I currently do macro photography using a Canon EF-S 18-55 kit lens, setting it to f16, and unscrewing it while hitting depth of field preview to close the aperture and reversing it. (See for example here and here)

This can give nice pictures given I happen to align the incredibly shallow depth of field.

The type of macro photography i do doesn't allow for focus stacking as it's handheld in the open, preferably from perspectives where setting a tripod is infeasible or takes too long and scares away the insect.
I'm considering an MP-E 65 as pictures I've seen appear to have a wider depth of field for subjects at the same magnification.

Can the MP-E 65 achieve a greater depth of field at the same magnification than a stopped down reversed lens or are the examples I see focus stacked?

1 Answer 1


Can the MP-E 65 achieve a greater depth of field at the same magnification than a stopped down reversed lens?

Probably not much in the center of the frame. Where the big advantage of the purpose built macro lens would be noticeable at the same magnification compared to some reversed lenses would be out near the edges and corners of the frame. Any minor improvement the MP-E 65mm would show over your reversed EF-S 18-55mm would be due to the better center sharpness of the macro lens.

Some reversed lenses tend to soften up and demonstrate really weird geometric distortion on the edges and in the corners. Macro lenses are generally designed to provide the flattest field of focus at macro distances. Most other lenses tend to be optimized for flattest field of focus at longer focus distances. Where you tend to see the most noticeable weird effects of reversing a lens are with prime lenses that aren't that well corrected for field curvature. Based on your two examples using the reversed EF-S 18-55mm the corners are so out of focus it probably wouldn't make much difference.

The other big advantage of the MP-E 65mm is the range of magnifications, all at 1:1 or larger, that are available and the ease of use at which magnifications and aperture settings can be changed. That comes at a price, though. For each magnification there is only one useable focus distance. What we would call the MFD (minimum focus distance) at each magnification on most lenses is the OFD (only focus distance) with the MP-E 65mm. As the magnification increases the DoF decreases, just as with any other conventional lens.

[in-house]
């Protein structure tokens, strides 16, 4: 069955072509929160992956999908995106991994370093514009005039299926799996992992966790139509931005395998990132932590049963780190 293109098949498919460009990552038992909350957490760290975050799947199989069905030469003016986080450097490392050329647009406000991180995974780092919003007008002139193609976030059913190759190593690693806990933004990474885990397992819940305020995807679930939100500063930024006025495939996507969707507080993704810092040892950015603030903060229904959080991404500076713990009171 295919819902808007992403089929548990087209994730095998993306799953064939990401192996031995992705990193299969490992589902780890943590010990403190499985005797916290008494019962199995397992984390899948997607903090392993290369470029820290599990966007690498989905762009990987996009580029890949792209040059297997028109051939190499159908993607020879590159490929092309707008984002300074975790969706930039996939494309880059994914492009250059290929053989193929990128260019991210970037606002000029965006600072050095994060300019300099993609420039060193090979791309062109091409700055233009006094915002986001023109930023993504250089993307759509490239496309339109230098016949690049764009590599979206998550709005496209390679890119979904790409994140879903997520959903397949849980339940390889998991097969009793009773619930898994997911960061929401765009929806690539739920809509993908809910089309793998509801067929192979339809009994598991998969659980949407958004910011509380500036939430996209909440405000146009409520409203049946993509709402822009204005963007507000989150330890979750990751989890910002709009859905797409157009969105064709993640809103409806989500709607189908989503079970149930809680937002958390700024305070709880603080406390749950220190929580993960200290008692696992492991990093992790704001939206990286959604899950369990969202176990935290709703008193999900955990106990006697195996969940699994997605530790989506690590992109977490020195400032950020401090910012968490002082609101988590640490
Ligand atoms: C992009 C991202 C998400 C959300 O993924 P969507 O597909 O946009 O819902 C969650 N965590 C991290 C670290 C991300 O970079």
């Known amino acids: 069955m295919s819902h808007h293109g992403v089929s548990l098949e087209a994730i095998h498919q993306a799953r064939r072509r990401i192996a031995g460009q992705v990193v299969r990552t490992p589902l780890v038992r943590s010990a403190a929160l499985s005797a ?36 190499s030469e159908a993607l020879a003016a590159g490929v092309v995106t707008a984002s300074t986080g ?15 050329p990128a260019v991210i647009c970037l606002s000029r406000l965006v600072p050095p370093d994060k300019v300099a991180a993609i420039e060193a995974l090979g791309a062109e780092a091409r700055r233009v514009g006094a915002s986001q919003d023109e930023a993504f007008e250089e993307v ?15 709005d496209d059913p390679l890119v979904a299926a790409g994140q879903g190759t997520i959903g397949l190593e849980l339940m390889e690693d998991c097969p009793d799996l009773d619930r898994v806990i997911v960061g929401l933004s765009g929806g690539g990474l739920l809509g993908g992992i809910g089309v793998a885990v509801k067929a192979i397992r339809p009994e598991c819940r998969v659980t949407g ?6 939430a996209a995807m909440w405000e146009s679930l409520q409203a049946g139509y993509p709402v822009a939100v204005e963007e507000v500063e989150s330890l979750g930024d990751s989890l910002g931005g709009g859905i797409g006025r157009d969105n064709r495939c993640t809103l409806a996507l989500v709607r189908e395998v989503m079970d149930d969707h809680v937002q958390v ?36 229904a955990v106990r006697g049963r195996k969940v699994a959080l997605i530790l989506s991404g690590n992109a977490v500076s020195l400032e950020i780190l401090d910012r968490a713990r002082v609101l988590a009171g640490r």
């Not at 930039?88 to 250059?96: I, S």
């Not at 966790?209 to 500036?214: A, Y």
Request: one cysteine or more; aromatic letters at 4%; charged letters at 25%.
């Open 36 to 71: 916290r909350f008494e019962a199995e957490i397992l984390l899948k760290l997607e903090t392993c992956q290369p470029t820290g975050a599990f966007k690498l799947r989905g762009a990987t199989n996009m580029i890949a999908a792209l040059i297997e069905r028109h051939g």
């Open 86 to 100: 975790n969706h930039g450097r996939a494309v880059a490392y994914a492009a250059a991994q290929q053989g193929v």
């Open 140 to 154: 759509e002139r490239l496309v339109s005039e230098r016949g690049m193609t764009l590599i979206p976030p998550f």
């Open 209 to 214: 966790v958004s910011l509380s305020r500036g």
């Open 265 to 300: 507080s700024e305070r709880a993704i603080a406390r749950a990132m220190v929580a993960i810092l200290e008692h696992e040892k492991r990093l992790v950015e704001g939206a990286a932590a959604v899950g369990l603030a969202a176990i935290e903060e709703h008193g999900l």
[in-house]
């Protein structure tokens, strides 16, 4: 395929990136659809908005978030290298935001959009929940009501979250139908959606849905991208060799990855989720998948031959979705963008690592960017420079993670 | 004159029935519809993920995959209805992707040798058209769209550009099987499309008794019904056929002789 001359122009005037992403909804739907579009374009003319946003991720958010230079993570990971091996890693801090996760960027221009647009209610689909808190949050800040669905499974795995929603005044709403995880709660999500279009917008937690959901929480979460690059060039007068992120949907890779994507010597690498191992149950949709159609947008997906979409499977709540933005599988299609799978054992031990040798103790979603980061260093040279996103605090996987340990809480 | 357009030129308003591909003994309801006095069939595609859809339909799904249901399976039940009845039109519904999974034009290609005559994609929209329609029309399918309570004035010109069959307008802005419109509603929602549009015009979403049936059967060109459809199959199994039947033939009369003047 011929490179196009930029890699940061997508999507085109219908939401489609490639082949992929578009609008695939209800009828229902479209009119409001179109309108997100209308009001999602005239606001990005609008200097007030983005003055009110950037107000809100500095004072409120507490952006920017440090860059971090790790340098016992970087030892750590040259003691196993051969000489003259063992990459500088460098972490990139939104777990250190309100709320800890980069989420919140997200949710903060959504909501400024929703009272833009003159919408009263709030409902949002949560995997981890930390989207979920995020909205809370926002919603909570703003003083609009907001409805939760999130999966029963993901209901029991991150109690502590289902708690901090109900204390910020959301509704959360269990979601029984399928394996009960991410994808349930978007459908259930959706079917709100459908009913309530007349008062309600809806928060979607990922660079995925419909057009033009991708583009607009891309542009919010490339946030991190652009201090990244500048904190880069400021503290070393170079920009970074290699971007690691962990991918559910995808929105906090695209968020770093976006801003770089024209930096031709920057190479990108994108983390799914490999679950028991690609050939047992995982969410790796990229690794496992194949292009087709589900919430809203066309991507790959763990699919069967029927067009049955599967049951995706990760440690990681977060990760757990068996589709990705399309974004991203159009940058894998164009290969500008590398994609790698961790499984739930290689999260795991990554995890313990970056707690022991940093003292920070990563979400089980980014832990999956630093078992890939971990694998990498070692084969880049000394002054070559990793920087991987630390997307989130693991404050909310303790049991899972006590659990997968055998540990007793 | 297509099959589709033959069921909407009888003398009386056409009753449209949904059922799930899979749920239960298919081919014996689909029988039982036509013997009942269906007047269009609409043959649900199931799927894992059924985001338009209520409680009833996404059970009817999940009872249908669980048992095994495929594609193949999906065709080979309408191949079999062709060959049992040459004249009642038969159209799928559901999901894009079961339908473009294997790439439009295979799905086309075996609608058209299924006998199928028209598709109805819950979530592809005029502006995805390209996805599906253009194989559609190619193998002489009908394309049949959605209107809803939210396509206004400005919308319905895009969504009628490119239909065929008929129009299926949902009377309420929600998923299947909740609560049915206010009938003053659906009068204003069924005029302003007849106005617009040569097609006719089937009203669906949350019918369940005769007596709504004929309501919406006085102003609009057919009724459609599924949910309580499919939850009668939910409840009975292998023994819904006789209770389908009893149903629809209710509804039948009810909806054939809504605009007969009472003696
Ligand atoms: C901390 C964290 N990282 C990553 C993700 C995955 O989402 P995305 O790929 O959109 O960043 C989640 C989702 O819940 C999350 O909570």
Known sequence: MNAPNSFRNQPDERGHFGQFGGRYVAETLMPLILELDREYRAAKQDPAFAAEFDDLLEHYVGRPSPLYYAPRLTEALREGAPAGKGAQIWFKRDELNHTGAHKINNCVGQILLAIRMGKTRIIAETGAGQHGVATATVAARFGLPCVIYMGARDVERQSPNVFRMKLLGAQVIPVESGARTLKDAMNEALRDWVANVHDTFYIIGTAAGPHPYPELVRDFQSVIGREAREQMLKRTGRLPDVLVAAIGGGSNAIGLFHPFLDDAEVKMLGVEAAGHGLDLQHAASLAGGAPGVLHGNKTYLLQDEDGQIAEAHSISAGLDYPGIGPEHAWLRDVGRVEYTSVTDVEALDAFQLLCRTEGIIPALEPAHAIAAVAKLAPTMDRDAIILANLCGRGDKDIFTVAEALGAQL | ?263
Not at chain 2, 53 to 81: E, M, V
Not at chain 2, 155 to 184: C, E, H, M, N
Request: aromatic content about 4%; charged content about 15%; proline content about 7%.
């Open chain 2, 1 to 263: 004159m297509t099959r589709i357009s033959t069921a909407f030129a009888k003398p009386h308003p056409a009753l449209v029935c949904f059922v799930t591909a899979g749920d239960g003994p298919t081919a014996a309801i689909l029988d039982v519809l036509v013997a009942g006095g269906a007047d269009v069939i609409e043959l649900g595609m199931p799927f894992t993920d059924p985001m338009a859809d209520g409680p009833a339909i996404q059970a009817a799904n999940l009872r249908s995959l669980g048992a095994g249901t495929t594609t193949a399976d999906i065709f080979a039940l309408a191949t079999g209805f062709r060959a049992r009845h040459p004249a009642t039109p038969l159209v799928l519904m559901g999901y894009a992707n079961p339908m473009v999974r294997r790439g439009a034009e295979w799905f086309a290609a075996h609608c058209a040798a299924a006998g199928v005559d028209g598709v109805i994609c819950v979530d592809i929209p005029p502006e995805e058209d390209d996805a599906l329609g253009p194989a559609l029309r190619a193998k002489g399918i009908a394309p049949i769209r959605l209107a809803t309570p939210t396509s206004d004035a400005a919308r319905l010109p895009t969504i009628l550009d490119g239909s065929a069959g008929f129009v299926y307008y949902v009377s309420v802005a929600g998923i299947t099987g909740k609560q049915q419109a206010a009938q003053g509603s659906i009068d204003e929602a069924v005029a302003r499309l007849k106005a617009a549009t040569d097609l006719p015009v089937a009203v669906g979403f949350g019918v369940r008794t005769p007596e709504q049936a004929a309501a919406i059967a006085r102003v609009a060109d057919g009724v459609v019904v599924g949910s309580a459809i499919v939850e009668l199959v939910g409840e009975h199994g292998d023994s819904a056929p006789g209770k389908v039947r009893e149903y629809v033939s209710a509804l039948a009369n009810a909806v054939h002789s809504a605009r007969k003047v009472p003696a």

Are the examples I see focus stacked?

Since we can't see those examples it is impossible for us to say.

  • Thanks a lot for the detailed explanation, I had two examples but found out that they were in fact focus stacked. Apr 1, 2017 at 12:12
  • Nice answer, but doesn't any prime lens only have one focus distance for a given magnification, strictly speaking? Such that another way of stating the case would be that the MP-E 65 adjusts its focus distance only in a few fixed increments correlating to specific magnifications? Apr 1, 2017 at 23:16
  • @junkyardsparkle There are lenses that do not breathe at all when focusing and do not change magnification with varying focus distances.
    – Michael C
    Apr 2, 2017 at 1:45
  • 1
    The MP-E 65mm isn't even a prime lens by most definitions, since the FoV varies by 500% depending on minor changes in the focus distance. Some would argue that it is a zoom lens, albeit a very limited one in some ways. Please see this answer
    – Michael C
    Apr 2, 2017 at 1:50
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    Interesting point - so at macro distances the concept of prime vs. zoom is just one more thing that goes out the window. Apr 2, 2017 at 19:55

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